Narrowboat Tacet

Silent Movement - Our gap year travelling the inland waterways

Sunday, 30 June 2013

Upwell and Outwell

Sorry, haven’t blogged for a few days, not feeling filled with the necessary the last few days!  We have retraced our journey along the Great Ouse, leaving Cambridge and the sunshine behind Thursday afternoon.  It started to rain as we left and continued to rain along our journey ‘til just short of Pope’s Corner, where we just dived into the bank and tied up in a random spot ‘cos we’d had enough and the last few EA and GOBA moorings had been full.
The next day we had a trip down the River Wissey, stopping at Hilgay for a night. It was rather wet and blowy, so we just saw what we could from the river, not much chance to stop and explore.
Hilgay, abandoned moorings, but the EA moorings under the bridge were fine, with field for dog exercising right next to it, just right for an old dog who doesn’t want to walk far these days.

Passing through one of the lakes, just past the sugar beet factory.
The huge sugar beet factory dominating the view for miles. It was built in 1925 in the centre of the sugar beet growing area and was served by the river and a light railway running across the fenland. Tha factory is now owned by British Sugar and still in use.

Turning at the end of the Wissey, the river still looks quite wide, but today we were sensible and didn’t see how much further we could go.

The cows were very interested in us, I guess not many boats come this far, though we did pass quite a few moored up along the way.

Uh-oh, passing this building which could have been a pump house, I suppose, Mr B starts making noises about a nice place to live, a good project to take on, just a bit of work on the roof needed! etc, etc. Better keep moving…….

Then it was time to make our return trip through Denver Sluice and Salter’s Lode and say goodbye to the Great Ouse and all the little rivers and lodes running into it, and once again join the Middle Levels.
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So now we are back on the drains.  The most picturesque bit so far are the villages of Outwell
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and Upwell, two villages running one from the other along the banks of Well Creek.  The waterway runs like an avenue between two roads and houses facing it, making an attractive route through the villages.
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Upwell has a lovely mooring, with seating and flower beds built alongside it.  We met the man responsible for putting it up and chatted to him whilst he watered the plants.  He has planted rhubarb, currants, gooseberries, fruit trees, and herbs, which he was keen for us to share.  A really welcoming gesture.
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We were made very welcome too at the Methodist church this morning and enjoyed a time of worship and fellowship there with them, finding out more about the history of the local villages over a cup of coffee.
Upwell (3) At the Parish Church it was the Flower Festival Weekend, the place was filled with the scent of the many blooms arranged around the theme of sports and hobbies.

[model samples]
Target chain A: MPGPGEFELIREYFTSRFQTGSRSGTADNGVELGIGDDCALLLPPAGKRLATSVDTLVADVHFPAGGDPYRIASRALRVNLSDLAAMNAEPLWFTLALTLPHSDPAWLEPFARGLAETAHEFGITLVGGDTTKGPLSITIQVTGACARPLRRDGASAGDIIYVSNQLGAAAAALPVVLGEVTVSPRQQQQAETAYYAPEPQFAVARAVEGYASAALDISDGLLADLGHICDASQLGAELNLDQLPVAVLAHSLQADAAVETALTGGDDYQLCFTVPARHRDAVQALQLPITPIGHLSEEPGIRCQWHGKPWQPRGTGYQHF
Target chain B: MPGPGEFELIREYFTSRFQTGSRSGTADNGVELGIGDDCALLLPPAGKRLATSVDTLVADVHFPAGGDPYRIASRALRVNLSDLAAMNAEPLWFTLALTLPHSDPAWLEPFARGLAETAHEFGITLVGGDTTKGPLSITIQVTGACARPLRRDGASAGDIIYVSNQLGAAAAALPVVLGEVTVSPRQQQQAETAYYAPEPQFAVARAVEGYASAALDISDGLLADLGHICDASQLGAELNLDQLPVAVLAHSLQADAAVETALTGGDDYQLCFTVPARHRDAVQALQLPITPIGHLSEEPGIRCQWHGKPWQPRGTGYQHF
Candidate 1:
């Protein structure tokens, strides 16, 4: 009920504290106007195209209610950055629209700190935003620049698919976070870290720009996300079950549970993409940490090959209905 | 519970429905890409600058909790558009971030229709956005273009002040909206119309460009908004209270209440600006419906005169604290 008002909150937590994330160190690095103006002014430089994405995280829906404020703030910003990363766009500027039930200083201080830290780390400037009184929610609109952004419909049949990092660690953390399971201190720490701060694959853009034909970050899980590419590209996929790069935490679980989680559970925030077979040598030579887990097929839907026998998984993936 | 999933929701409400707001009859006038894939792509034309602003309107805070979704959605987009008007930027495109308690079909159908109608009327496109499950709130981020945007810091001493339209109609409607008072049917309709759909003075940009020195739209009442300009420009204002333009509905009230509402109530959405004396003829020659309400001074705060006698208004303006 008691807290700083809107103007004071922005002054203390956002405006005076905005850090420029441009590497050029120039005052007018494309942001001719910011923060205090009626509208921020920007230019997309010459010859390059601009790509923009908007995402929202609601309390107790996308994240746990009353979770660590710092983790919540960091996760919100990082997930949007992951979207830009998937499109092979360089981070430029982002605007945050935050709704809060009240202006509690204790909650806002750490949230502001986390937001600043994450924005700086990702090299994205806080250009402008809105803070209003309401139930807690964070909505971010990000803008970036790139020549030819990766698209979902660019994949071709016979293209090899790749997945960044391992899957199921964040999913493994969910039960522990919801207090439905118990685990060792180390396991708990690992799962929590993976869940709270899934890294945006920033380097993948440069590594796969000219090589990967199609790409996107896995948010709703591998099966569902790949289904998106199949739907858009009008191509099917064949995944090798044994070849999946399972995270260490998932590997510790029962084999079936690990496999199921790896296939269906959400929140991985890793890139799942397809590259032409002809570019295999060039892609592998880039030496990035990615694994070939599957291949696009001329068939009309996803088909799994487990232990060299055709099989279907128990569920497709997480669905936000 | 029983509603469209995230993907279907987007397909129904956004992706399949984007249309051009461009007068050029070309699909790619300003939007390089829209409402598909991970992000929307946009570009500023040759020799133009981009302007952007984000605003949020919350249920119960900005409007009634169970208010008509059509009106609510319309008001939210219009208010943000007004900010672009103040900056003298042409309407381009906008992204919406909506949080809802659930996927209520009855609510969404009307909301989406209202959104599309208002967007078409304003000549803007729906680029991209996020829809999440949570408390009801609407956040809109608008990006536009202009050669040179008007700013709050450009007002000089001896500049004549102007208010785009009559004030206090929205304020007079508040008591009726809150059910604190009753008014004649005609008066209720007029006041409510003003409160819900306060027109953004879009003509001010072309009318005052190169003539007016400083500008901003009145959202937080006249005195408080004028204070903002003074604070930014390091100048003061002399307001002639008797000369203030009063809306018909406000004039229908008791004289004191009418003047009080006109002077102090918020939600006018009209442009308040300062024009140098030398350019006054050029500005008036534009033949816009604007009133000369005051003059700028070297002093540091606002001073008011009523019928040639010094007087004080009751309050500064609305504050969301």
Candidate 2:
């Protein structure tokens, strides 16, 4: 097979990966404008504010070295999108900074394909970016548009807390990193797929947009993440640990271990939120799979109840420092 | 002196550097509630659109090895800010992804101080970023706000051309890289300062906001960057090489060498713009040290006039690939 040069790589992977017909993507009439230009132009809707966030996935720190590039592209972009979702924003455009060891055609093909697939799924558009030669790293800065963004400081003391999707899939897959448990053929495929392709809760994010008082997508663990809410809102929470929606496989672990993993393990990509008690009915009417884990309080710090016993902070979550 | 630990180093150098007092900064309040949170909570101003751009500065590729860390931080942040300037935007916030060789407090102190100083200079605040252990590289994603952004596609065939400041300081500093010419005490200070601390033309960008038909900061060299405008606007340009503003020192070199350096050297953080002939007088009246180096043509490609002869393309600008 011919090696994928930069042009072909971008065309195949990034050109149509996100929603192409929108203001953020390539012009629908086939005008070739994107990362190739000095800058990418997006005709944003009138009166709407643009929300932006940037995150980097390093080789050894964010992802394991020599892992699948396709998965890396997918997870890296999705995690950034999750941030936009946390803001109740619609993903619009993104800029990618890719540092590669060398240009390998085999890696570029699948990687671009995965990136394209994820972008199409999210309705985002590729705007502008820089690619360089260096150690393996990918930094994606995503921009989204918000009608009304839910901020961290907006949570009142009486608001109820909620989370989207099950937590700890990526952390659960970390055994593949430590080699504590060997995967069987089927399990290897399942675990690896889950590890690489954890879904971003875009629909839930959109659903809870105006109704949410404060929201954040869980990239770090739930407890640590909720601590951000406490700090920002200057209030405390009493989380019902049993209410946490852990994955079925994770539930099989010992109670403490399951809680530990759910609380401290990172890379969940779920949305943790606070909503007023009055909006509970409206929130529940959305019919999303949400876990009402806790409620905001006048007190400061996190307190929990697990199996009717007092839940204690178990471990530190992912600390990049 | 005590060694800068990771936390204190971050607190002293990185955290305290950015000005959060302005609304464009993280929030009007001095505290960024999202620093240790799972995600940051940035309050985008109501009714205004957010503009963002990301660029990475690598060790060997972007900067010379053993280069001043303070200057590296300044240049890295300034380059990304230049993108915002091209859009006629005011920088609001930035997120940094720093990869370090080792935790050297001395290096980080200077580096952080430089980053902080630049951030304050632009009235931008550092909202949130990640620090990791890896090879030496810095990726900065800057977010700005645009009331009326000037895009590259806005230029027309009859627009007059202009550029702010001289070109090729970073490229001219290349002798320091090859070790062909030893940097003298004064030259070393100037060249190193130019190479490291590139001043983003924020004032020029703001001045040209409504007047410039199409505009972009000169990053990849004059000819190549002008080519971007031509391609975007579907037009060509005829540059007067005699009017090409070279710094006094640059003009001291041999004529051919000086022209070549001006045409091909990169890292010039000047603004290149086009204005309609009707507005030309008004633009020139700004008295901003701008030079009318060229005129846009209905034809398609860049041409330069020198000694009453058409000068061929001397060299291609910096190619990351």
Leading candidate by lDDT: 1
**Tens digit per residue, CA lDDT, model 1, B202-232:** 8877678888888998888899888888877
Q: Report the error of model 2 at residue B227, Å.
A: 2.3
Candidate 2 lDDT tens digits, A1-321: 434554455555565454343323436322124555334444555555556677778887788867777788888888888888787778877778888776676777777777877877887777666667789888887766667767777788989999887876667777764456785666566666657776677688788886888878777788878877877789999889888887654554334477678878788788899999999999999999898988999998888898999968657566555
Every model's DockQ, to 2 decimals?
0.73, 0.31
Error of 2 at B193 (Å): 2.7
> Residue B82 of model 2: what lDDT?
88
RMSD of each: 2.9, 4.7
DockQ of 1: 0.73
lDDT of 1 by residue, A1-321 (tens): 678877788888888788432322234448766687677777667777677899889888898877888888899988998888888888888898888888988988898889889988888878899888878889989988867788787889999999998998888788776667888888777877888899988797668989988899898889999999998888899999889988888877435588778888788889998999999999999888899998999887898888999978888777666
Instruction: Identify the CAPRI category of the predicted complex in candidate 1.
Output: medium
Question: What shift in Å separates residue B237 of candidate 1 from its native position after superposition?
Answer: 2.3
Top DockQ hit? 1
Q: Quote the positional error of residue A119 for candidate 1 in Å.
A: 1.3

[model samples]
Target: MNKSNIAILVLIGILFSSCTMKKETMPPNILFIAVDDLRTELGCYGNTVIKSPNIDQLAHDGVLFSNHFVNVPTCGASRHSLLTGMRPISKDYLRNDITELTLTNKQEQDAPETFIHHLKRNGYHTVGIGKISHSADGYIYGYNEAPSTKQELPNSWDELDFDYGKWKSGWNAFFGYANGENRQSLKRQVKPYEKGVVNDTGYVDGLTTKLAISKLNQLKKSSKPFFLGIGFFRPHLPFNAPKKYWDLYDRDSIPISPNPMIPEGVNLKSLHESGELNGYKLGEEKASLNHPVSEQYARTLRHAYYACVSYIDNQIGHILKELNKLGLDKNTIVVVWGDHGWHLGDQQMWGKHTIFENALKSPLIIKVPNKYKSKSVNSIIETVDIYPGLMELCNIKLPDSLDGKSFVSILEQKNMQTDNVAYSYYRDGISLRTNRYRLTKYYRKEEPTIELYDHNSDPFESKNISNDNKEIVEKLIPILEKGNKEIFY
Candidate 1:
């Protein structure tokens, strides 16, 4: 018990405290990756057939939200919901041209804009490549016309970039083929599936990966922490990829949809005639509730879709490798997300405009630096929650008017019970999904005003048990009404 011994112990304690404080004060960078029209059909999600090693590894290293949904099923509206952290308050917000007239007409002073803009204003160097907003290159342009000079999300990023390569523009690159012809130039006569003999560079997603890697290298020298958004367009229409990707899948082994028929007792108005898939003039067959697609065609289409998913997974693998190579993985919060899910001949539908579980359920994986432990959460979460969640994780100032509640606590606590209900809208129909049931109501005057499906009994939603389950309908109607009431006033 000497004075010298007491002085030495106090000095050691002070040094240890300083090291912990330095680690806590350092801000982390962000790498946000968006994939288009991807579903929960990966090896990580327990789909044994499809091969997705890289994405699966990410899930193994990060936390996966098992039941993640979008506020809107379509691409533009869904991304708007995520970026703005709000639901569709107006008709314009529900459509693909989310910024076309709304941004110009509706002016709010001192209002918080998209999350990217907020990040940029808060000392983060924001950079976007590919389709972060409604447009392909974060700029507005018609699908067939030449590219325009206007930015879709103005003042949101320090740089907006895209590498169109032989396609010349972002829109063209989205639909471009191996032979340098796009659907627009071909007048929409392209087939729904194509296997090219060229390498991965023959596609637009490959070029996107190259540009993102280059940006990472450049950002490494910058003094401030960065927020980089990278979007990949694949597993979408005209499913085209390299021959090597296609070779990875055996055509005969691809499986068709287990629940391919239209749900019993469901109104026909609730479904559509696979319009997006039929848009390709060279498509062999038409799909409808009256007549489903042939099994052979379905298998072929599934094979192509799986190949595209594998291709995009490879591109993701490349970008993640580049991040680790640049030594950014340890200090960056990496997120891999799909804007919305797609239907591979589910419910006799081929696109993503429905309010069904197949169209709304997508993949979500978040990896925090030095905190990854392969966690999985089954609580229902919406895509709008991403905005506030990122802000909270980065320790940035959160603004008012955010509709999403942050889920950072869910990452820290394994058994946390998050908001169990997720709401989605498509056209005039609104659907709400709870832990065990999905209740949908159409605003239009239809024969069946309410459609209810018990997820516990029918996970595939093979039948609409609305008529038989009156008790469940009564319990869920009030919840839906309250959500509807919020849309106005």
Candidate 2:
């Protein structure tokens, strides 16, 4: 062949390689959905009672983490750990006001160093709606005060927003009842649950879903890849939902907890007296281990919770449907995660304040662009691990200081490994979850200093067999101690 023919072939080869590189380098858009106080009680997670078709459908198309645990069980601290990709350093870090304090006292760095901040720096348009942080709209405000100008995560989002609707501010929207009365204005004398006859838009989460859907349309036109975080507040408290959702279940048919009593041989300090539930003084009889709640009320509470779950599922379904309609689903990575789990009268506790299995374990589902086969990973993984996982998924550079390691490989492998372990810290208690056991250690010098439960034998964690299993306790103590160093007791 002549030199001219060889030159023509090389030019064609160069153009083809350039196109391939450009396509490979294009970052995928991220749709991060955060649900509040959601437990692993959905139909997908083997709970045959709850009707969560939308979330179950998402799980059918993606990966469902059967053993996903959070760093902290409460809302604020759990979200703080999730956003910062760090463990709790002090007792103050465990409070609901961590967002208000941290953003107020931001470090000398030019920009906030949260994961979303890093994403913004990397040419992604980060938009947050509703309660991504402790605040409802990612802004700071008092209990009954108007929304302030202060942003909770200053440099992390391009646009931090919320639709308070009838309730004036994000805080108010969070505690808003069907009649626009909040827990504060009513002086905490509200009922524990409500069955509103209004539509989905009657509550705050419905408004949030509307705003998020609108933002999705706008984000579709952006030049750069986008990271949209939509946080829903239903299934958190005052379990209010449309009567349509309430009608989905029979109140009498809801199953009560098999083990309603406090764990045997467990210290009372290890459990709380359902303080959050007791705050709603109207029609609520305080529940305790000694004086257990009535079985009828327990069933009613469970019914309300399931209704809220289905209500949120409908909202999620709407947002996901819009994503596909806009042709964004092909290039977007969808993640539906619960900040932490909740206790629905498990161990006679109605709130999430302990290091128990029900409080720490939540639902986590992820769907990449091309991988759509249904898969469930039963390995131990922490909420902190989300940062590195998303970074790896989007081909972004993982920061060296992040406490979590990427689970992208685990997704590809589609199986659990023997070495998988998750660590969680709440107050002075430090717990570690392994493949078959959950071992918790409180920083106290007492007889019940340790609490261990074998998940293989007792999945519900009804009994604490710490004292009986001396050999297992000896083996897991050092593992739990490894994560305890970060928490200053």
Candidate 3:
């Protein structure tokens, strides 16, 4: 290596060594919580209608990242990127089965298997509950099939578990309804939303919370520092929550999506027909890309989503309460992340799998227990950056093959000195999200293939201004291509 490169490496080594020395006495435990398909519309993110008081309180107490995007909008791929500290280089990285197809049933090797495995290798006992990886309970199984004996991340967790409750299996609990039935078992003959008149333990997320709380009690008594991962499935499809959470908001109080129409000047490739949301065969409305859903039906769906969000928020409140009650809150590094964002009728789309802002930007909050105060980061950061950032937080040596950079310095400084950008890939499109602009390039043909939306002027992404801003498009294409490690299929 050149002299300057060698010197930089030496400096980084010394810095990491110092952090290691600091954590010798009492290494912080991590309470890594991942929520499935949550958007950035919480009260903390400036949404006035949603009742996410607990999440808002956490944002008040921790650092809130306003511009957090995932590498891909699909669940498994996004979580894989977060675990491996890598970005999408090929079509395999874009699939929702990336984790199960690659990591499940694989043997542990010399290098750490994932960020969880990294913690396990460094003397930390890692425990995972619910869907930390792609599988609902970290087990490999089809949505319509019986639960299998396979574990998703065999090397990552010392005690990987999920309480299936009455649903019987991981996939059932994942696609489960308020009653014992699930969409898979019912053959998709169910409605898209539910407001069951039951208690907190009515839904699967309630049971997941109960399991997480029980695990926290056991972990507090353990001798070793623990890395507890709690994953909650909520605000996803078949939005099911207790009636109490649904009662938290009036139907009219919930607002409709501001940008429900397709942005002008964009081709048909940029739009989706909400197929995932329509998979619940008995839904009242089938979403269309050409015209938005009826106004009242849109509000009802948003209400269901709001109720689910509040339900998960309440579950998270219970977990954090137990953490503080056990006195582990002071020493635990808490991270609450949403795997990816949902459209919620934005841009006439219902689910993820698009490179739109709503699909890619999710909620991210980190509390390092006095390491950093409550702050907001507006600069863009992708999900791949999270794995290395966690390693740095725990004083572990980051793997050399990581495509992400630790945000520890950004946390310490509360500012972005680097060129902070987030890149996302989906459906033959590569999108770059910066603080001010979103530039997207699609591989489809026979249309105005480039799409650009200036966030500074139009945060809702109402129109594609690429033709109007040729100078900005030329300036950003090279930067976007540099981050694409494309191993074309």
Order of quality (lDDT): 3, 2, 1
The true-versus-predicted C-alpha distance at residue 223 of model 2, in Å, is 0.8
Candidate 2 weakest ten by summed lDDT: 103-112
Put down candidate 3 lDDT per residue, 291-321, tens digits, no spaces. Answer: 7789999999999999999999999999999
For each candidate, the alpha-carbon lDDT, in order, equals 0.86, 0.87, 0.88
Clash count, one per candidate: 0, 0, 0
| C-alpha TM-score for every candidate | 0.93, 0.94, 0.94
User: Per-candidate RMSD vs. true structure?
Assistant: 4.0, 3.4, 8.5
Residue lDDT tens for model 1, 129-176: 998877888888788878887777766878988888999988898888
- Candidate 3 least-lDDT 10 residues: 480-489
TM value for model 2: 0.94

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It’s a lovely church building, large for a village,

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with a great many gravestone in the churchyard round the back,
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Many of them very ornate, a sign of wealthy times past, or a very skilled local stonemason?

And this afternoon and evening we have enjoyed a warm, breezy cruise along the uninspiringly named Sixteen Foot Drain and Forty Foot Drain, not sure what the measurements refer to, not the width as far as we could tell, and I’m sure not the depth!
Upwell – Lodes End Lock
24 miles, 2 locks

Wednesday, 26 June 2013

Cambridge Tourists

From our mooring just below Jesus lock we are in a great position for walking into the centre of Cambridge, walking Jumble through the park or Midsummer Common and generally getting to see the sights of this lovely, historic university city.

P1100005Today we have taken one of the city sightseeing bus tours, which gives a good background to the city with stops to visit the various places of interest along the way.

Here’s just a few of the sights of Cambridge………..


Crowds outside the entrance to King’s College, founded in 1441 by King Henry VI.




King’s College Chapel taken from the bus around the back.








Busking in the Bin!







The origins of the Round Church building date back to about 1130 AD making it one of the oldest buildings in Cambridge.







Entrance to Trinity College, with statue of its founder, King Henry VIII above the door.







Along St. Edwards passage we found bookshops to browse in, and coffee shops to stop and chat in.  Small places but big in character.









Great little streets and alleys to explore.








The Jesus Green open air swimming pool, like so many which were opened in the 1920’s and 30’s. This one is well maintained and well used, giving a good long length to swim in.


And then of course there are the backs, where the river Cam flows behind the colleges, busy with punts, some expertly, some not so, controlled by the punter on the back.

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Timeless scenes.




We stopped off at the Botanical Gardens, owned by the University, where there are collections of plants from all over the world in 40 acres of gardens and glass houses.

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My favourite areas were the woodland gardens and the wildflower meadows.